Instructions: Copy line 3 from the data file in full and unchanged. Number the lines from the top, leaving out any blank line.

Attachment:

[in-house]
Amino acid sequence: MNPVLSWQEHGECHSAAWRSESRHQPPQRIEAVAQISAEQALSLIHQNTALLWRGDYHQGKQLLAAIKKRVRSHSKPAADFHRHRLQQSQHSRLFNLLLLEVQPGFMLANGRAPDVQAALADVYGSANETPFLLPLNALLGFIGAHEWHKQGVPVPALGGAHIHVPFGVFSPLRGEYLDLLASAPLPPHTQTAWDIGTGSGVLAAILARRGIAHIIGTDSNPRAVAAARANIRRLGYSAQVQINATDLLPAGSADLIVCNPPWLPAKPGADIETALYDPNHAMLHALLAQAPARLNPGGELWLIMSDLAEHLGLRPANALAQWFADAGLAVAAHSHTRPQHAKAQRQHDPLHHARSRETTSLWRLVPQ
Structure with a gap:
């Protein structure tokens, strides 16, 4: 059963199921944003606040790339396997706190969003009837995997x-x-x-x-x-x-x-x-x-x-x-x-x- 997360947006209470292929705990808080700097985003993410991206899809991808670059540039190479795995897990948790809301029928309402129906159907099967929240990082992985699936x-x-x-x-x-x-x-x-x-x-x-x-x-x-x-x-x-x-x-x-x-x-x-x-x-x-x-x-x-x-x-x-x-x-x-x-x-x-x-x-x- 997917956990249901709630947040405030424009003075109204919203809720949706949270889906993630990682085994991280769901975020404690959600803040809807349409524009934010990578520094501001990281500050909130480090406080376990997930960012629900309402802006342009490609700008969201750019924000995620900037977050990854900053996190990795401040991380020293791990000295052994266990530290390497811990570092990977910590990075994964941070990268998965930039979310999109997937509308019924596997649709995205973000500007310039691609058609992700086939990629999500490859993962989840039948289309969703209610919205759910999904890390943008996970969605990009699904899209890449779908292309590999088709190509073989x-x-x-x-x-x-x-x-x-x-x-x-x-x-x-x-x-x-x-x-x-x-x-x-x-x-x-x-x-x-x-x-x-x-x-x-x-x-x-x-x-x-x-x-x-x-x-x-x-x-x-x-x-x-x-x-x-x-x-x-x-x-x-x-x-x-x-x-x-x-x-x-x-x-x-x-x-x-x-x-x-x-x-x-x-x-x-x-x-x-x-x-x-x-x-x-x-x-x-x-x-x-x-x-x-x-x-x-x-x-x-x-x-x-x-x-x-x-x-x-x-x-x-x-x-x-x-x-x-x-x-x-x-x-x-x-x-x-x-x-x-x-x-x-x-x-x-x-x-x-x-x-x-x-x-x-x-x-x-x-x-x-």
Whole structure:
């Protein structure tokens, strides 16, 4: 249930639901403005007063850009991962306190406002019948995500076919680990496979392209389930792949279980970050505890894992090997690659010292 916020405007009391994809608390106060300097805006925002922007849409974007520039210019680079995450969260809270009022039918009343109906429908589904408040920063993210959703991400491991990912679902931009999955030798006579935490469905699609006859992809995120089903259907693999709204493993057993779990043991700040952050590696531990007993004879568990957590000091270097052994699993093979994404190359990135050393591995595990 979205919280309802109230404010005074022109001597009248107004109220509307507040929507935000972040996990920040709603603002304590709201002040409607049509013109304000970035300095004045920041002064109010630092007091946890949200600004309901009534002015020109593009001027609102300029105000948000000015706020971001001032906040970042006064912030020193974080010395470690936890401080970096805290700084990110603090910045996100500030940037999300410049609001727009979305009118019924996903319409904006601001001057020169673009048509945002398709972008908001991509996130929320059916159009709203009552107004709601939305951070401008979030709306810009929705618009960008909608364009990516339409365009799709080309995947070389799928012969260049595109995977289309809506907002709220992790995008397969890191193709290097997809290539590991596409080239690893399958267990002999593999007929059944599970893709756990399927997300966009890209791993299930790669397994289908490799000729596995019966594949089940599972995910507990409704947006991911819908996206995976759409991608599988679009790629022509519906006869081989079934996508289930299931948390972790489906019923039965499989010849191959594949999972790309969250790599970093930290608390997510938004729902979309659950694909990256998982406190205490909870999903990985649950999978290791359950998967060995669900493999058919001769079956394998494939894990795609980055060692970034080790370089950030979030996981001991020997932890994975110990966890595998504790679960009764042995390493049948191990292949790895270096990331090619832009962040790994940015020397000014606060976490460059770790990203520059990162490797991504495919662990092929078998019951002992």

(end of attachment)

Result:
Structure with a gap: